Beijing was buzzing as we networked in hotel lobbies and arranged for seminars. “Trust the Chinese to pull off something as huge as this,” a colleague said to me. It was FOCAC 2018 and it was China’s chance to host the heads of state summit. Chinese President Xi Jinping was hosting every single African head of state, except for Swaziland, in Beijing.
With more than a thousand African representatives present in Beijing from over 600 African enterprises, Africans were networking with fellow Africans seeking investments in Africa, thanks to the Chinese.
The Forum on China-Africa Co-operation meets tri-annually. This year the event will be held in Dakar, Senegal, but, as with the first five meetings, it will be at ministerial level.
Johannesburg 2015 was the first time that a summit was held with more than 50 heads of African states present.
The meetings alternate between Africa and China, and this will be the fourth time that the African continent will host FOCAC.
The theme for this year’s conference, the eighth since being launched in 2000, will be to “Deepen China-Africa Partnership and Promote Sustainable Development to Build a China-Africa Community with a Shared Future in the New Era.”
The conference will, according to Chinese foreign ministry spokesperson Wang Wenbin, “review and assess the follow-up implement of the outcomes of the 2018 FOCAC Beijing Summit as well as the joint China-Africa response to Covid-19, and chart the course for China-Africa relations for the next three years and more to come”.
Furthermore, four concrete resolutions will come from the conference, which include the Dakar Action Plan (2022–2024), the 2035 Vision for China-Africa Co-operation, the Sino-African Declaration on Climate Change, and the Declaration of the Eighth Ministerial Conference of FOCAC.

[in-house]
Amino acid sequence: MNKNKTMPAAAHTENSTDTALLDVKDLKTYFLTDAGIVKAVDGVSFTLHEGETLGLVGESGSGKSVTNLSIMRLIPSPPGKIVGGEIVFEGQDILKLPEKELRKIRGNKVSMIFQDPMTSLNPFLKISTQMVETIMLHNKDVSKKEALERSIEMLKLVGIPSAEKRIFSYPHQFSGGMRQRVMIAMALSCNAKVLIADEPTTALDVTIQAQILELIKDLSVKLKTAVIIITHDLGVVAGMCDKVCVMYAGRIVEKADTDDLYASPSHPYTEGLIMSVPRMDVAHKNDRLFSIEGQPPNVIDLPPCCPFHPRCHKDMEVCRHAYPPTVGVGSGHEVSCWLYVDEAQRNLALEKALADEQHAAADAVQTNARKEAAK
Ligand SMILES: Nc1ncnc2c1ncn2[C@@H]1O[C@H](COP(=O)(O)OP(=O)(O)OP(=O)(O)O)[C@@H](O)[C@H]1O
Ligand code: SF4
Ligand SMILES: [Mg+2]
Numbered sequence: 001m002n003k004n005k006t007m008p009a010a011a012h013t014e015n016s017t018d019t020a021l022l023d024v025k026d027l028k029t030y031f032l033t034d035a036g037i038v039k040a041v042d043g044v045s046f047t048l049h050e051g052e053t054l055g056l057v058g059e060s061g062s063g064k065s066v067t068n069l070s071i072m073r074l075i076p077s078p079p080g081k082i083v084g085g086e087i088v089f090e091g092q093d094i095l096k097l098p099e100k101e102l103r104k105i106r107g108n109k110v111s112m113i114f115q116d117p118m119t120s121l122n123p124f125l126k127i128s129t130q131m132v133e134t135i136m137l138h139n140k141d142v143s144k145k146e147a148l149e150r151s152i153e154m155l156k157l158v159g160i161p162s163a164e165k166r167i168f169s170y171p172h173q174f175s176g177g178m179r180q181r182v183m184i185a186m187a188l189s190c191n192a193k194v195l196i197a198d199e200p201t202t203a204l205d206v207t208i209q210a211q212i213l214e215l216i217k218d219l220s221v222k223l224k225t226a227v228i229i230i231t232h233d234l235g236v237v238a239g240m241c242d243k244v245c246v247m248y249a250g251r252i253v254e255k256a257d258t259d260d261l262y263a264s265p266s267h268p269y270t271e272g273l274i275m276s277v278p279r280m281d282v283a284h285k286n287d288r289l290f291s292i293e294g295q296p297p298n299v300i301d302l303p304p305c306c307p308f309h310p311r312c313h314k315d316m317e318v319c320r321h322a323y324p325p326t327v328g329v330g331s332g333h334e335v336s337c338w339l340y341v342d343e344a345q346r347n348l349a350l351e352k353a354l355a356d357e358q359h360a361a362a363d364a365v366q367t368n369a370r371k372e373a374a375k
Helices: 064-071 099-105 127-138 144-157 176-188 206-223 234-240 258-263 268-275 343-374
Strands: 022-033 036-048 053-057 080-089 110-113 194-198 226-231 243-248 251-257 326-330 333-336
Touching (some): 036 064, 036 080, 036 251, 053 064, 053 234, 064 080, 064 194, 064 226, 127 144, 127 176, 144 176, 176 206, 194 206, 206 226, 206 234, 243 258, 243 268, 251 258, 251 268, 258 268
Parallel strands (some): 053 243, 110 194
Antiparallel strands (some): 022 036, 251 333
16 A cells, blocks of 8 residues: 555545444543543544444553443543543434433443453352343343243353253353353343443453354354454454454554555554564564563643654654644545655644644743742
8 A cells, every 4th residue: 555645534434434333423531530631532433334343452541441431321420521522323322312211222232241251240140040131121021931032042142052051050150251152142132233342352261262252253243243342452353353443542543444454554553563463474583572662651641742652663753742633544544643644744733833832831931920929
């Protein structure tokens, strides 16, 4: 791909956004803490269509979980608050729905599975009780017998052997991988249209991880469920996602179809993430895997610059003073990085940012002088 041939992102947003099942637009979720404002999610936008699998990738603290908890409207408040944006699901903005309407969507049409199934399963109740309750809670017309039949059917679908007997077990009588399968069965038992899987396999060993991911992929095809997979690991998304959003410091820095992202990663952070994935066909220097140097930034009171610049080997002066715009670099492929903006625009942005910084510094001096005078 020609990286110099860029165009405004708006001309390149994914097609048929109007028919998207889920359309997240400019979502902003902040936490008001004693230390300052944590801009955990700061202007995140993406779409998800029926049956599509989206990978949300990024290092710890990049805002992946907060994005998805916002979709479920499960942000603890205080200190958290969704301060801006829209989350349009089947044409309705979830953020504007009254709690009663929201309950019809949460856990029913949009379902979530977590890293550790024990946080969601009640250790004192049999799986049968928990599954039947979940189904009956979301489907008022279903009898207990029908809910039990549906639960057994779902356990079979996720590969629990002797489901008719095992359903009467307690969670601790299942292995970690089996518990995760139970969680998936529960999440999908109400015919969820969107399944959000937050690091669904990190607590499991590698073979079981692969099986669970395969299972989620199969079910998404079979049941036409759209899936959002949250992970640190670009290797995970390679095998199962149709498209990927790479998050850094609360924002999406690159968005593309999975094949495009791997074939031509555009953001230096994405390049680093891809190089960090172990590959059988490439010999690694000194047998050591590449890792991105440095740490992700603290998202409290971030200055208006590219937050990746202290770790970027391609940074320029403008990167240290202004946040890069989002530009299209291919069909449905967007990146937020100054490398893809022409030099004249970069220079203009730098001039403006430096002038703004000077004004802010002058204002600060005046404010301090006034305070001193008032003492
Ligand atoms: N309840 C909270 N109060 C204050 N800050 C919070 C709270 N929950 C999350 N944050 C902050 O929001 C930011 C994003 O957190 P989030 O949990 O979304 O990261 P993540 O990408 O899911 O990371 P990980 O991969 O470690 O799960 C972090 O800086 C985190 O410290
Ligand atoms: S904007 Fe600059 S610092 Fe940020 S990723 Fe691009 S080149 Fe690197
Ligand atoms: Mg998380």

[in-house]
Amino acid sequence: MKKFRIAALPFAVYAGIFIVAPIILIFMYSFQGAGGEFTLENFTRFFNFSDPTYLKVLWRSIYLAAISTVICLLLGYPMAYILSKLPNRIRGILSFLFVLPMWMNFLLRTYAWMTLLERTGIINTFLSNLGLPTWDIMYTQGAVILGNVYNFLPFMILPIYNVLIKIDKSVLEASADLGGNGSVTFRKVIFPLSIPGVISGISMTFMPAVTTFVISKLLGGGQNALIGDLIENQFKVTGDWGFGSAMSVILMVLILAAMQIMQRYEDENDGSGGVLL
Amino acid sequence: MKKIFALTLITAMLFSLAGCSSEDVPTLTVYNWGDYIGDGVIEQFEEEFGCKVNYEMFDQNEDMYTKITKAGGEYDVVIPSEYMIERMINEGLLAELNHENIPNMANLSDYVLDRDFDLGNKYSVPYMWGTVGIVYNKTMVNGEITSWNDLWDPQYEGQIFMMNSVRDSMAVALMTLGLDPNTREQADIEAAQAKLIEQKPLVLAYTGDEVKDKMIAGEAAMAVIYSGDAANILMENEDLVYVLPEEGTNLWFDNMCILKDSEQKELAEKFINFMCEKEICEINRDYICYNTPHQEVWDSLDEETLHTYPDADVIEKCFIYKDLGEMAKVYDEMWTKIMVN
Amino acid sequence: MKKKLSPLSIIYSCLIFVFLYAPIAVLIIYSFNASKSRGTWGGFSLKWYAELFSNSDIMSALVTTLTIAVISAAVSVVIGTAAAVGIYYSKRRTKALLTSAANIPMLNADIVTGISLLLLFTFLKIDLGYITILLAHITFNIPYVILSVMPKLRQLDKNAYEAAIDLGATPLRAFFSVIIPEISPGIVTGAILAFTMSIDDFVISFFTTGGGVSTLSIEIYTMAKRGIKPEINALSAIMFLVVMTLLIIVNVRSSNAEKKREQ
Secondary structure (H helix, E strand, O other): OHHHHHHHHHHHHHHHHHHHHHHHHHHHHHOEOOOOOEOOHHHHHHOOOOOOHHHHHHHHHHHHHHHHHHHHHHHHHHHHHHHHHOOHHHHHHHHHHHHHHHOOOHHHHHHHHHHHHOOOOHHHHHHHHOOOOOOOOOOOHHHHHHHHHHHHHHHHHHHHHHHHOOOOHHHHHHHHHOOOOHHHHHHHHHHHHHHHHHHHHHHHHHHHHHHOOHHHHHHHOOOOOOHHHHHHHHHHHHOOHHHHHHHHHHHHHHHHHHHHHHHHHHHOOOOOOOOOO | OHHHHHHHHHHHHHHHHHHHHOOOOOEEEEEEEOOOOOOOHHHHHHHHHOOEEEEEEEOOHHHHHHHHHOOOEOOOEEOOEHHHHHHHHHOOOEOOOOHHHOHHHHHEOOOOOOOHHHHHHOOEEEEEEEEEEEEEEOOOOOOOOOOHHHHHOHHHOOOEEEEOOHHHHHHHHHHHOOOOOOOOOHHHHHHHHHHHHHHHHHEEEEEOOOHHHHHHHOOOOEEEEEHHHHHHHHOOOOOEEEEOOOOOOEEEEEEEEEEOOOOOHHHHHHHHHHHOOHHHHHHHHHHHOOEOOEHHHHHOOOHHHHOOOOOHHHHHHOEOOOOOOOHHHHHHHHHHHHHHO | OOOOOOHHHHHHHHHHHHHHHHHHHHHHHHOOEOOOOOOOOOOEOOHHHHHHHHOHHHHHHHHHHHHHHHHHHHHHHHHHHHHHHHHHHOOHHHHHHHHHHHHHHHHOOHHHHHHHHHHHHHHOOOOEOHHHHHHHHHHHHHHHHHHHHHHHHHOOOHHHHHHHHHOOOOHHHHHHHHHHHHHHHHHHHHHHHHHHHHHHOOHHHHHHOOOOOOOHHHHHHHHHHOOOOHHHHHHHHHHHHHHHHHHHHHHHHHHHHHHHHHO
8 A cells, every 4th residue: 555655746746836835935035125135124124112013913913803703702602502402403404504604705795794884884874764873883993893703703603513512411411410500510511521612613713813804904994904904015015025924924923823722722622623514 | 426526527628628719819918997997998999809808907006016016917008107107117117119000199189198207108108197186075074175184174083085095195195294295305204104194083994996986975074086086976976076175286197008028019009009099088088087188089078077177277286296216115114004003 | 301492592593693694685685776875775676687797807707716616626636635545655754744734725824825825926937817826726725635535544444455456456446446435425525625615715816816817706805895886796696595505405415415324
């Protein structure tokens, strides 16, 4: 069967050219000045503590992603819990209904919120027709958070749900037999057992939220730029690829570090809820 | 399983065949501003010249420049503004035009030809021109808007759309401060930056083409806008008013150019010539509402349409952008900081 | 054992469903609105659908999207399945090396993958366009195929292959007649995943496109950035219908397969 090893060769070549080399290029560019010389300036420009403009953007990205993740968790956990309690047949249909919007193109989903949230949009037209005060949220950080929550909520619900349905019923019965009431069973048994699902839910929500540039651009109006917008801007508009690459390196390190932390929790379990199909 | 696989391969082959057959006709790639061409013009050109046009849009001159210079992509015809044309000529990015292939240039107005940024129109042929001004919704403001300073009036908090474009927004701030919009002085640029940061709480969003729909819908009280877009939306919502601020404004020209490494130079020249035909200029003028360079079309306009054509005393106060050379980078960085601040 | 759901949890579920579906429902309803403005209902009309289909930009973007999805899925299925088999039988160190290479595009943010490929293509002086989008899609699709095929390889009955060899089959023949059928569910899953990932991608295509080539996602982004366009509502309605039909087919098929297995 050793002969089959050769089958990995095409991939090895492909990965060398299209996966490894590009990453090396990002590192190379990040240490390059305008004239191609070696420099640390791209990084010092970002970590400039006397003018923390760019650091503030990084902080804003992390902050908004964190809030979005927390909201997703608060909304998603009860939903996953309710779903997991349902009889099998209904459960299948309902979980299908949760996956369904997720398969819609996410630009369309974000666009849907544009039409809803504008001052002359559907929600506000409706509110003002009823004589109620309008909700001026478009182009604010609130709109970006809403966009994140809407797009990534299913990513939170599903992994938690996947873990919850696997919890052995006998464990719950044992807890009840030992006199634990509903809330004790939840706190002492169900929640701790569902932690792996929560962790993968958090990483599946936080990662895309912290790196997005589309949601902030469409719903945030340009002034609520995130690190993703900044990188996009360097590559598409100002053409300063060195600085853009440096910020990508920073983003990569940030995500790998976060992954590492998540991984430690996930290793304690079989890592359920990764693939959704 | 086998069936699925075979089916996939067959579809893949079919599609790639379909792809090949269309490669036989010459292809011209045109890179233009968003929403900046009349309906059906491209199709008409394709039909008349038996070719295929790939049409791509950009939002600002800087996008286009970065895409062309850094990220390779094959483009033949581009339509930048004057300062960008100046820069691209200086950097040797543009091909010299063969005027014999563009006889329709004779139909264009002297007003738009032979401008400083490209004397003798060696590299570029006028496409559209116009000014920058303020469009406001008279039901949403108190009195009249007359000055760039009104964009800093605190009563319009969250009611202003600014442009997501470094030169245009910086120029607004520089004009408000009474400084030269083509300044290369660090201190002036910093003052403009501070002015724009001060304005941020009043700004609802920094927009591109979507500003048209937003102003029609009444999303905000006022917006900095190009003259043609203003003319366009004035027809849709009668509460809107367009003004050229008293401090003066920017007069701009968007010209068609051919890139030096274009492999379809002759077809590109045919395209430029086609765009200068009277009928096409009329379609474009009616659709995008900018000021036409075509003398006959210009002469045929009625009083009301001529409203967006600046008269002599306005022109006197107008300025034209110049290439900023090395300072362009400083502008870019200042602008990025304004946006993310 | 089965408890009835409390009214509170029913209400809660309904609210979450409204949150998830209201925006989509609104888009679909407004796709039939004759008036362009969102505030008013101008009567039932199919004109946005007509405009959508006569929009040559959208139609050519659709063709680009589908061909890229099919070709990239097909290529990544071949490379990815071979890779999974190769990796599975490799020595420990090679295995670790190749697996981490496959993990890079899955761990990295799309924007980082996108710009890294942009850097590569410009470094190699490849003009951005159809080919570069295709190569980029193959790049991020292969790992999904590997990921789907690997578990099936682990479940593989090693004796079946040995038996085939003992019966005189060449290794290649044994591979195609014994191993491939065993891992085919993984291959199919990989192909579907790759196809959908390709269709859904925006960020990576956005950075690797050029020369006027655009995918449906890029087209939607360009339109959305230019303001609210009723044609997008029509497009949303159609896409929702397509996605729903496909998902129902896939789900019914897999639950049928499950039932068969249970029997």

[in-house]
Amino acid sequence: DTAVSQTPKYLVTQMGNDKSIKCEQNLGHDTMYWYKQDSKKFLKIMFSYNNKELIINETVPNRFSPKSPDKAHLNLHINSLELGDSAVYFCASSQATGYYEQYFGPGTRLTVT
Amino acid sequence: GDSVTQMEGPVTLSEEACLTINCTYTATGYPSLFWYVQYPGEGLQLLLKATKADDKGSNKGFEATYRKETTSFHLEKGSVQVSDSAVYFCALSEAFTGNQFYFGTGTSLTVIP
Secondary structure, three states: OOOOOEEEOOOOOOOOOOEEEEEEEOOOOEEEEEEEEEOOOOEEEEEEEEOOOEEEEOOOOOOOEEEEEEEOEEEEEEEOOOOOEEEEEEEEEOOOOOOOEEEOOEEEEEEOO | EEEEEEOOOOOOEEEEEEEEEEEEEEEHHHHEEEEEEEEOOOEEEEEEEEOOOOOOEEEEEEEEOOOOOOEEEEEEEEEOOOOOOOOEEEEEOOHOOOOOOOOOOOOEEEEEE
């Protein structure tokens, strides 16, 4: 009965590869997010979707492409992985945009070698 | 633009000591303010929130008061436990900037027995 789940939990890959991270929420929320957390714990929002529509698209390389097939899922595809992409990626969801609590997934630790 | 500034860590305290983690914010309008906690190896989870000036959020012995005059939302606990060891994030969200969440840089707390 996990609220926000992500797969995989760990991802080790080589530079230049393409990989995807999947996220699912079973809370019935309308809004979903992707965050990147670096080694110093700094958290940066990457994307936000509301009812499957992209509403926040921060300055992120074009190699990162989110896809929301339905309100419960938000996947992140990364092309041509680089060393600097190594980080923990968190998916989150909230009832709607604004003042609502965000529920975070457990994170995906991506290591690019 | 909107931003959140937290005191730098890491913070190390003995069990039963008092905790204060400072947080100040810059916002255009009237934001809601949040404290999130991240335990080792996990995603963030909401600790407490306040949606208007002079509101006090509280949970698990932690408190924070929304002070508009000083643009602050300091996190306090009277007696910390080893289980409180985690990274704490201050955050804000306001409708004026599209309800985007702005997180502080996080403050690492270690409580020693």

Recently, Qian Keming, the vice-minister of the Chinese Ministry of Commerce (MOFCOM), stated that lately bilateral trade between China and the continent stood at US$200 billion, while Chinese imports and exports to Africa reached US$100bn. From January to September 2021 alone, China-Africa trade topped at US$185.2bn, while Chinese direct investment into the continent totalled US$2.59bn for the same period. This was an increase of nearly 10% despite Covid-19.
Qian also noted exhibitions such as the ones in Hunan and Zhejiang provinces were set up to focus specifically on the import of African goods and services. To these exhibitions can certainly be added the annual China International Import Expo held in Shanghai.
Under FOCAC, co-operation expands in areas such as infrastructure, energy, tourism, trade and technology, especially in agriculture. As we can see, this year’s meeting will also include important issues of climate change.
Writing in local newspapers, Chinese ambassador to Tanzania, Chen Minglian, indicated the deep bonds and special relationships enjoyed between Chinese people and Africans. In particular, she pointed out how trade between Tanzania and China has increased fifty-fold, while in the fight against Covid-19, China supplied nearly 3.5 million doses of vaccines to Tanzania alone. In 2000, trade between China and Tanzania was at approximately US$100 million. Twenty years later, trade has gone up to US$4.58bn.
Much still needs to be done to ensure that the trade levels are equalised between China and Africa. As Africans, we must insist on FOCAC’s philosophy of mutually beneficial partnerships which guarantee win-win deals.
However, as Africans we must also begin to take our own national economies seriously and ensure that we create the correct capacity in order to meet Chinese demand. The Chinese market is ready for African goods and services yet, at the moment, it seems that we are satisfied with merely networking and creating a buzz.
* Seale completed his PhD in China-Africa relations at Beijing Foreign Studies University.
** The views expressed here are not necessarily those of IOL and Independent Media.